Former Aspenite premieres ‘Out Living It’ at Shortsfest
The Aspen Times
Aspen, CO, Colorado
ASPEN – Documentary filmmakers learn not to get too attached to ideas before their time. There are loads of potential projects, and before a filmmaker gets married to one, timing and financing need to line up in the project’s favor.
“There are always stories out there, on the periphery,” said Boulder-based Michael Brown, who lived in Aspen in the late ’90s, when he worked on the TV series “Adventure Quest” with local filmmaker John Wilcox. “And once in a while, one lands.”
But there are also story ideas that a filmmaker keeps close in mind, knowing they are ideas he can illuminate, ones that have personal meaning. For Brown, it was a story involving cancer. When Brown was living in Aspen, he got a call that the cause of the seizures his brother Gordon had been suffering was a brain tumor. Brown quickly came to realize that cancer doesn’t strike an individual – it affects the patient’s entire orbit, including family.
“Some part of me went through that,” Brown said of his brother’s diagnosis. “The families of cancer survivors have to go through that as well. The cancer survivor is the eye of the storm, the calm spot in the middle fighting their own storm. They’re at the center, and though it’s hard for them, it’s the people around them who get affected the most.”
Brown put that cancer experience to the side as he focused on making films. He made his debut with “Everest Dreams,” created from footage of Brown’s first ascent of Everest, in 2000. Brown calls it a “terrible, forgettable film,” but it was not so bad that it discouraged him from making more. His more accomplished, memorable works include “Farther Than the Eye Can See,” about the Everest summiting by blind climber Erik Weihenmayer; “3 Peaks 3 Weeks,” about a group of women climbing 10 African peaks to raise money to benefit East Africa; and “Light of the Himalaya,” which documented a group of eye surgeons performing cataract surgeries in Nepal.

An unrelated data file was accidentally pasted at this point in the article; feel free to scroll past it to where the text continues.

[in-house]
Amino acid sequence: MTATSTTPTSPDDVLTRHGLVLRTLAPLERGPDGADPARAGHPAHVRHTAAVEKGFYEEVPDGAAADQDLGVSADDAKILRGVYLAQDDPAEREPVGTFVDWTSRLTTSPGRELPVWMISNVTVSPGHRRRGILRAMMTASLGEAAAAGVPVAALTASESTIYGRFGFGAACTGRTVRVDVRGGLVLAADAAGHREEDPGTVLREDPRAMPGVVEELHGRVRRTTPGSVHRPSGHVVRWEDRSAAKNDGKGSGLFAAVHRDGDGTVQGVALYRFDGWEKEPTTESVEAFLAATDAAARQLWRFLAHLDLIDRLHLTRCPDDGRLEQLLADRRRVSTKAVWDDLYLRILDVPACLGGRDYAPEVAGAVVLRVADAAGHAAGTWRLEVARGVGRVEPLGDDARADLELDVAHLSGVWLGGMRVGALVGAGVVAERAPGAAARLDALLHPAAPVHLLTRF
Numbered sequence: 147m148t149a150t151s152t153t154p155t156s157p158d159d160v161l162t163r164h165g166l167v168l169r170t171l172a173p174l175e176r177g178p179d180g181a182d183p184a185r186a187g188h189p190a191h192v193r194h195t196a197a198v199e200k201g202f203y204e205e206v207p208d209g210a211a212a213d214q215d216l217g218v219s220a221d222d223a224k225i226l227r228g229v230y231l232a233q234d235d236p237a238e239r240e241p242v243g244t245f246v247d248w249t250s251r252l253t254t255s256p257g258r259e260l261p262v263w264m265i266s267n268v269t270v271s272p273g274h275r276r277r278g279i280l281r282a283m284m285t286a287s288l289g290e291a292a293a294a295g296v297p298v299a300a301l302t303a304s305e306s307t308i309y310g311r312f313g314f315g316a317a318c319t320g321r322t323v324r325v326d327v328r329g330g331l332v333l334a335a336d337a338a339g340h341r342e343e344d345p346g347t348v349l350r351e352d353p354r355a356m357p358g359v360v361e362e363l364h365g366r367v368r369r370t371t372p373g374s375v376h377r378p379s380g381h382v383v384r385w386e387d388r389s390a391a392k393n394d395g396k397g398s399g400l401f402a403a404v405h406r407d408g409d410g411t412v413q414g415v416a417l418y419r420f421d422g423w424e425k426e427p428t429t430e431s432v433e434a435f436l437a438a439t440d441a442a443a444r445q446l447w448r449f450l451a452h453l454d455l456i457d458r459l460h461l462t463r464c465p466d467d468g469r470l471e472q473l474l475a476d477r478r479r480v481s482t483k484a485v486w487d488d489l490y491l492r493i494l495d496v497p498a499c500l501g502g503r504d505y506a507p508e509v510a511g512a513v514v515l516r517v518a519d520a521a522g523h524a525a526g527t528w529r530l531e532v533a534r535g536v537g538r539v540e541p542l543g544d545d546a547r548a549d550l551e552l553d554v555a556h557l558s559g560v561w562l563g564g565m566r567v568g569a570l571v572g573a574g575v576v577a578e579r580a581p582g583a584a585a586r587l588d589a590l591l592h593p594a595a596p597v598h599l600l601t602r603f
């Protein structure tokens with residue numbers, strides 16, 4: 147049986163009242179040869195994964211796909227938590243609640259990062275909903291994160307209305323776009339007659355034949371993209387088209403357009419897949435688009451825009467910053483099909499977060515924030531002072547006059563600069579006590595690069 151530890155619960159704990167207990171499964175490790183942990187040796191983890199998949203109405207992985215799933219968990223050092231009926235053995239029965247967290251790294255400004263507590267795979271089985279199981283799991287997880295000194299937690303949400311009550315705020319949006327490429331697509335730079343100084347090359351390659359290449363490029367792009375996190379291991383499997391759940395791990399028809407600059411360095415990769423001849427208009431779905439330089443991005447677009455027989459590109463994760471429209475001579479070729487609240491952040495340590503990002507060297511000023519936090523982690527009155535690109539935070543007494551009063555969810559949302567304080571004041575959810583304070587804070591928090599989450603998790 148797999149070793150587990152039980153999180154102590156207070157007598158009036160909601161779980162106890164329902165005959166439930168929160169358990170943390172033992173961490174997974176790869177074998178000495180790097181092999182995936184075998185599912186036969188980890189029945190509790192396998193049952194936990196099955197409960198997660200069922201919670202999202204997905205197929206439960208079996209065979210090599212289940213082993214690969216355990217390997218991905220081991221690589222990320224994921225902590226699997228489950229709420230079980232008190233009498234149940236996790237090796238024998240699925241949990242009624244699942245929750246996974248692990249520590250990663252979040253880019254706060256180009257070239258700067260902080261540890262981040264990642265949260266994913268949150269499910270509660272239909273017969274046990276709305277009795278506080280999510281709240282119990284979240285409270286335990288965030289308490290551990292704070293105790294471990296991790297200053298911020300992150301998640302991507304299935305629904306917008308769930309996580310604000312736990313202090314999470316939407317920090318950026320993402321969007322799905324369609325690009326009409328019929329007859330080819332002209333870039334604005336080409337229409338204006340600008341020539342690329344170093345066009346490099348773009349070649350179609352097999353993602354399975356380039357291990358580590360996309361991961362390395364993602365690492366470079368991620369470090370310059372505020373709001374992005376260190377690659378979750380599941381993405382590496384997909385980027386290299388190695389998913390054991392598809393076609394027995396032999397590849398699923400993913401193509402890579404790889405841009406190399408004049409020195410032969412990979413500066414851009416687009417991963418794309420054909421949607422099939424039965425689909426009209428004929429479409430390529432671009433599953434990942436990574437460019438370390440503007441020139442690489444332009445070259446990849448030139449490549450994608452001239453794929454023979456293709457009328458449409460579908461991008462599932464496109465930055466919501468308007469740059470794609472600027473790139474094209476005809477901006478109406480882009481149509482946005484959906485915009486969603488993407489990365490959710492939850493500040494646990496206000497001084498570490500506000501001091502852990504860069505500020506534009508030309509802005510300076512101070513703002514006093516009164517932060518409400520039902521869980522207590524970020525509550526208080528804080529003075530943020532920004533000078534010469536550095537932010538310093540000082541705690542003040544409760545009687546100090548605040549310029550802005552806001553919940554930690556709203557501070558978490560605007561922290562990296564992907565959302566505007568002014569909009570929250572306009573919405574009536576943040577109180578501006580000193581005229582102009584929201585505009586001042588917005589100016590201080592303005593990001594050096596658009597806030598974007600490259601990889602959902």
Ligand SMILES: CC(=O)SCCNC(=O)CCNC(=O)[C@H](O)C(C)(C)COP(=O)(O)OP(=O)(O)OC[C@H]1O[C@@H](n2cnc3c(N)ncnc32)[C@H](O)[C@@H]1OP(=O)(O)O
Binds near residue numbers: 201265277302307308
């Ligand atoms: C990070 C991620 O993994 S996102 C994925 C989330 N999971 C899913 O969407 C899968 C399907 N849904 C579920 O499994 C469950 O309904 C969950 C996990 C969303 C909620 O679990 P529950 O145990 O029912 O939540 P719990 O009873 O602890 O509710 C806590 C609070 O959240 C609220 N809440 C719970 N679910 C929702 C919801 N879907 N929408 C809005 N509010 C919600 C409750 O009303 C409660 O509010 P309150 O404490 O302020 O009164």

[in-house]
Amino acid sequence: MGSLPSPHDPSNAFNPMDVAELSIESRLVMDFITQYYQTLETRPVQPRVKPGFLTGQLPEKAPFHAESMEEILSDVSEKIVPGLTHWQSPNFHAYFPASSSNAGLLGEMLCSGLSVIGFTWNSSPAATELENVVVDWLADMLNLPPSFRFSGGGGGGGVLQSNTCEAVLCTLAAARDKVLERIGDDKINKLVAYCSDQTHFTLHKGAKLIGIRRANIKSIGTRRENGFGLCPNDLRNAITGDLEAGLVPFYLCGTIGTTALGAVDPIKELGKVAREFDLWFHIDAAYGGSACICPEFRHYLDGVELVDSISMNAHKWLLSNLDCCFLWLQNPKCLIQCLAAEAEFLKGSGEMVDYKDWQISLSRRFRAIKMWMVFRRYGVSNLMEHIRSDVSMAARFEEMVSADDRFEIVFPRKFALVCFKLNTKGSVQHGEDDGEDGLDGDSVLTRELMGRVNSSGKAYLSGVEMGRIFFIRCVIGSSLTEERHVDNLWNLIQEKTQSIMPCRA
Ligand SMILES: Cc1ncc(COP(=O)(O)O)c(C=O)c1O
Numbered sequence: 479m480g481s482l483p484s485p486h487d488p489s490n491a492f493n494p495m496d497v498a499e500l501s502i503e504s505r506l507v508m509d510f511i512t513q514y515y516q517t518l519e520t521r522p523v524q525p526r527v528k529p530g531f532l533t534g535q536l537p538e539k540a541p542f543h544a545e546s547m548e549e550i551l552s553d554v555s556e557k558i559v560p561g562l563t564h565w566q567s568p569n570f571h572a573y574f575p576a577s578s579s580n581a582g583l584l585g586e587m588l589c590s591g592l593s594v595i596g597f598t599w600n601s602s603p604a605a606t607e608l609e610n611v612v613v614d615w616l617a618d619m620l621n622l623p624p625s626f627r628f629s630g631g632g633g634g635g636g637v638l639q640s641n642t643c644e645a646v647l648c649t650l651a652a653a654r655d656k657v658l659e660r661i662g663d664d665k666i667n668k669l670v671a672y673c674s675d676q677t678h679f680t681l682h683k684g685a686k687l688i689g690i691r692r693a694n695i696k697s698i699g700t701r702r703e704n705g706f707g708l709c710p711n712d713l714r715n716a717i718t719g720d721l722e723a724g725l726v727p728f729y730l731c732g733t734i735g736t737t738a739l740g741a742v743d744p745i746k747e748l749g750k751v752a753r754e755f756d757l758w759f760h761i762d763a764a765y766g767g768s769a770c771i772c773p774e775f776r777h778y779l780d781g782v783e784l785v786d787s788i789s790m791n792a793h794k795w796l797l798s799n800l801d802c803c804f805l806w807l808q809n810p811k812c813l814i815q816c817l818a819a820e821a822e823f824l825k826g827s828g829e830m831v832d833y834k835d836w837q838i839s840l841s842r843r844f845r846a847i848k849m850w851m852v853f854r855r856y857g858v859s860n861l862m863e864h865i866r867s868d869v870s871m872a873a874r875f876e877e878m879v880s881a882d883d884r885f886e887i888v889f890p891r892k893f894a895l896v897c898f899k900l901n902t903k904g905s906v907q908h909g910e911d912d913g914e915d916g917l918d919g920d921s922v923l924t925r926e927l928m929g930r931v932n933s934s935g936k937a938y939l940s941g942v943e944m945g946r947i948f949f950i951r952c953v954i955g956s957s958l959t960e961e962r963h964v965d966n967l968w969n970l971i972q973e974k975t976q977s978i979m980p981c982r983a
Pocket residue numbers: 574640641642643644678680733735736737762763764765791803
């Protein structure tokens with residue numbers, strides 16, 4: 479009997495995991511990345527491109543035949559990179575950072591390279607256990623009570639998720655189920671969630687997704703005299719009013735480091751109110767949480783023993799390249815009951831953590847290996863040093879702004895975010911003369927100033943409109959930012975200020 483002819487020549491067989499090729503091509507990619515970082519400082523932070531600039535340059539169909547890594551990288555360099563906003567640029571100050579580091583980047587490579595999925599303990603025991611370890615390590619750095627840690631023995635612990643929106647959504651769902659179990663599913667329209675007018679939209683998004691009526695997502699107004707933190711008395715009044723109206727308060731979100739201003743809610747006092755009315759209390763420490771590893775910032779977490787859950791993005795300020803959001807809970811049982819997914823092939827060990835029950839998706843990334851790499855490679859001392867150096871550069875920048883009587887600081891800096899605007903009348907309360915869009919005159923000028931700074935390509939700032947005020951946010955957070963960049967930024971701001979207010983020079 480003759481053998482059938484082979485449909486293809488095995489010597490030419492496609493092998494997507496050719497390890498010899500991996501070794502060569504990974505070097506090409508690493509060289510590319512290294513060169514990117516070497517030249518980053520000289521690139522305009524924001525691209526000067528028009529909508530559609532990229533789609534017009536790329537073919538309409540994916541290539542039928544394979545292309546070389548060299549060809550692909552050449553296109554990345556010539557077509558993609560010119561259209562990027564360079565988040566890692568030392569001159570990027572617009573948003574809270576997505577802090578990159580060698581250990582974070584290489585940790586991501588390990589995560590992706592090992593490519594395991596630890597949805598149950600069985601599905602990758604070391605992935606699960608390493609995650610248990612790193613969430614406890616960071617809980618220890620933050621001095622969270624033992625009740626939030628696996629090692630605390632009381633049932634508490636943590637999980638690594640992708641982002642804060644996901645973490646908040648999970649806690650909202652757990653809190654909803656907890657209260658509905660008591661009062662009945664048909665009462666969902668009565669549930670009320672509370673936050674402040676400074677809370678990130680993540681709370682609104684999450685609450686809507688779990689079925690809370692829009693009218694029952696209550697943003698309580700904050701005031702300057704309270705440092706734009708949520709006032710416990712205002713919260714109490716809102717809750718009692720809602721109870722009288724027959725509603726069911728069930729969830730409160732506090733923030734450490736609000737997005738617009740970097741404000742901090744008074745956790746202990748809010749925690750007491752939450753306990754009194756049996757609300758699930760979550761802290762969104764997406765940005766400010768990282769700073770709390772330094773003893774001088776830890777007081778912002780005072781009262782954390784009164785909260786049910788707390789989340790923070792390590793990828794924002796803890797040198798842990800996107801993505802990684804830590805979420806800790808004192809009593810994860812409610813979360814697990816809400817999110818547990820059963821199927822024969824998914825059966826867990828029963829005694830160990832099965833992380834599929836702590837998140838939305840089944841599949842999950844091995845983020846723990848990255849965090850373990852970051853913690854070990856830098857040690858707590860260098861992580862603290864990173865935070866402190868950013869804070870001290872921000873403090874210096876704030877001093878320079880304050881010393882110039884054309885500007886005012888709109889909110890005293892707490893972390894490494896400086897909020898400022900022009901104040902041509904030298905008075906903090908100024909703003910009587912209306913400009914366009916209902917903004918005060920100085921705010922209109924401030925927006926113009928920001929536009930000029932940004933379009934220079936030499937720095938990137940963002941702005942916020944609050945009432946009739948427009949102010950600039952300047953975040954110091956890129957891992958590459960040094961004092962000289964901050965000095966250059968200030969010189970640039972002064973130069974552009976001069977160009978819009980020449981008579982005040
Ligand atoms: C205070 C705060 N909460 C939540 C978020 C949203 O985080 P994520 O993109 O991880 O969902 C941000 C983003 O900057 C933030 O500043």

Among his most recent projects is the feature-length “High Ground,” about a group of wounded veterans climbing in Nepal. The film, which had its premiere in February at the Boulder International Film Festival, was produced by the producer of “The Lion King,” and the sound editing was done at George Lucas’ Skywalker Ranch in California.
In part because of the humanistic nature of his work, Brown was invited last summer to make a film about First Descents, a Denver-based organization that uses outdoor adventures – kayaking and rock climbing – to help young adult cancer survivors move past their illness and treatments.
“This one, it was, ‘Oh, great. I love this,'” said Brown, a tall, engaging 46-year-old who grew up in Vail and Montana and learned filmmaking technique from his father, who also worked with Wilcox. “I was thrilled at that chance. It was a chance to heal in myself, to confront these old things that you just sort of put away. The pain back then, the fear, was intense.”
Brown’s 39-minute film “Out Living It,” which has its world premiere at 5:30 p.m. Saturday at Aspen Shortsfest, focuses on four cancer survivors as they paddle and climb. For some, simply being 100 feet up a rock is a monumental feat. For all of them, the most unthinkable accomplishment of all is that they are defying cancer: Their illness, their surgeries, their medical treatments haven’t stopped them from pushing forward.
“I think what cancer takes away, First Descents really gives you back,” Brown said. “It allows them to see they’re stronger than they ever thought they could be.”
Capturing that kind of emotion on film seems an easy enough task. The participants in First Descents’ two-week camps are in a state of elation, self-reflection, expansiveness – all the qualities a documentarian looks for. Brown says he got teary while conducting the interviews.
But the process of turning that footage into a film involves stepping back from the initial encounters. For Brown, what makes a successful documentary is being able to retain a grasp on the emotions that brought those tears.
“It’s really important to remember those moments, because the third, eighth, 50th time you watch it, it doesn’t have that same impact,” he said. “So you might be in the editing and saying, ‘I’m not feeling what I felt the first time.’ But you have to remember that first reaction, because that’s what the audience’s reaction is going to be. You’re left wondering: Is the magic still there? Then you go to the premiere, and that magic still happens.”
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